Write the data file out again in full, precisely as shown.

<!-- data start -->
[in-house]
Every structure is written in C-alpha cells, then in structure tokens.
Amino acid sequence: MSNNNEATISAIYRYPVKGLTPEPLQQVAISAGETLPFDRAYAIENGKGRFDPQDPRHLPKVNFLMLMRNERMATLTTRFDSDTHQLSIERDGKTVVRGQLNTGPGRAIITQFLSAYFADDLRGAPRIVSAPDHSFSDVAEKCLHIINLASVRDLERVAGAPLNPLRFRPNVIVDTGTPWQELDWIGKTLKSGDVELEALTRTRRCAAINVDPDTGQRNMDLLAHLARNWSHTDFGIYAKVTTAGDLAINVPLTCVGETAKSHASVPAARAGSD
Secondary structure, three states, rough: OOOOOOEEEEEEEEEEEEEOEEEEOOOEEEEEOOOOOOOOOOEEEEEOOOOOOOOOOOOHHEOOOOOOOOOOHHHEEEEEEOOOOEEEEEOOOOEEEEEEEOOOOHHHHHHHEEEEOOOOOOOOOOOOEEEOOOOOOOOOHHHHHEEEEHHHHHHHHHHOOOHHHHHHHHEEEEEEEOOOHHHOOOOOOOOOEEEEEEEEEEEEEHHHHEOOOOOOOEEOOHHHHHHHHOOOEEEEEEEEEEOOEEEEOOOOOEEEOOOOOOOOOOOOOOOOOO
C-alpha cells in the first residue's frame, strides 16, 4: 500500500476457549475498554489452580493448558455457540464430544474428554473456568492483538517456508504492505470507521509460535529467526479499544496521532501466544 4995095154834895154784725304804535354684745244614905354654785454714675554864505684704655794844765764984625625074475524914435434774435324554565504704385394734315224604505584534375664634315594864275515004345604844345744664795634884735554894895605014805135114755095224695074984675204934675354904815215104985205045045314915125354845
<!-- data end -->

[in-house]
Every structure is written in C-alpha cells, then in structure tokens.
Amino acid sequence: MSNNNEATISAIYRYPVKGLTPEPLQQVAISAGETLPFDRAYAIENGKGRFDPQDPRHLPKVNFLMLMRNERMATLTTRFDSDTHQLSIERDGKTVVRGQLNTGPGRAIITQFLSAYFADDLRGAPRIVSAPDHSFSDVAEKCLHIINLASVRDLERVAGAPLNPLRFRPNVIVDTGTPWQELDWIGKTLKSGDVELEALTRTRRCAAINVDPDTGQRNMDLLAHLARNWSHTDFGIYAKVTTAGDLAINVPLTCVGETAKSHASVPAARAGSD
Secondary structure, three states, rough: OOOOOOEEEEEEEEEEEEEOEEEEOOOEEEEEOOOOOOOOOOEEEEEOOOOOOOOOOOOHHEOOOOOOOOOOHHHEEEEEEOOOOEEEEEOOOOEEEEEEEOOOOHHHHHHHEEEEOOOOOOOOOOOOEEEOOOOOOOOOHHHHHEEEEHHHHHHHHHHOOOHHHHHHHHEEEEEEEOOOHHHOOOOOOOOOEEEEEEEEEEEEEHHHHEOOOOOOOEEOOHHHHHHHHOOOEEEEEEEEEEOOEEEEOOOOOEEEOOOOOOOOOOOOOOOOOO
C-alpha cells in the first residue's frame, strides 16, 4: 500500500476457549475498554489452580493448558455457540464430544474428554473456568492483538517456508504492505470507521509460535529467526479499544496521532501466544 4995095154834895154784725304804535354684745244614905354654785454714675554864505684704655794844765764984625625074475524914435434774435324554565504704385394734315224604505584534375664634315594864275515004345604844345744664795634884735554894895605014805135114755095224695074984675204934675354904815215104985205045045314915125354845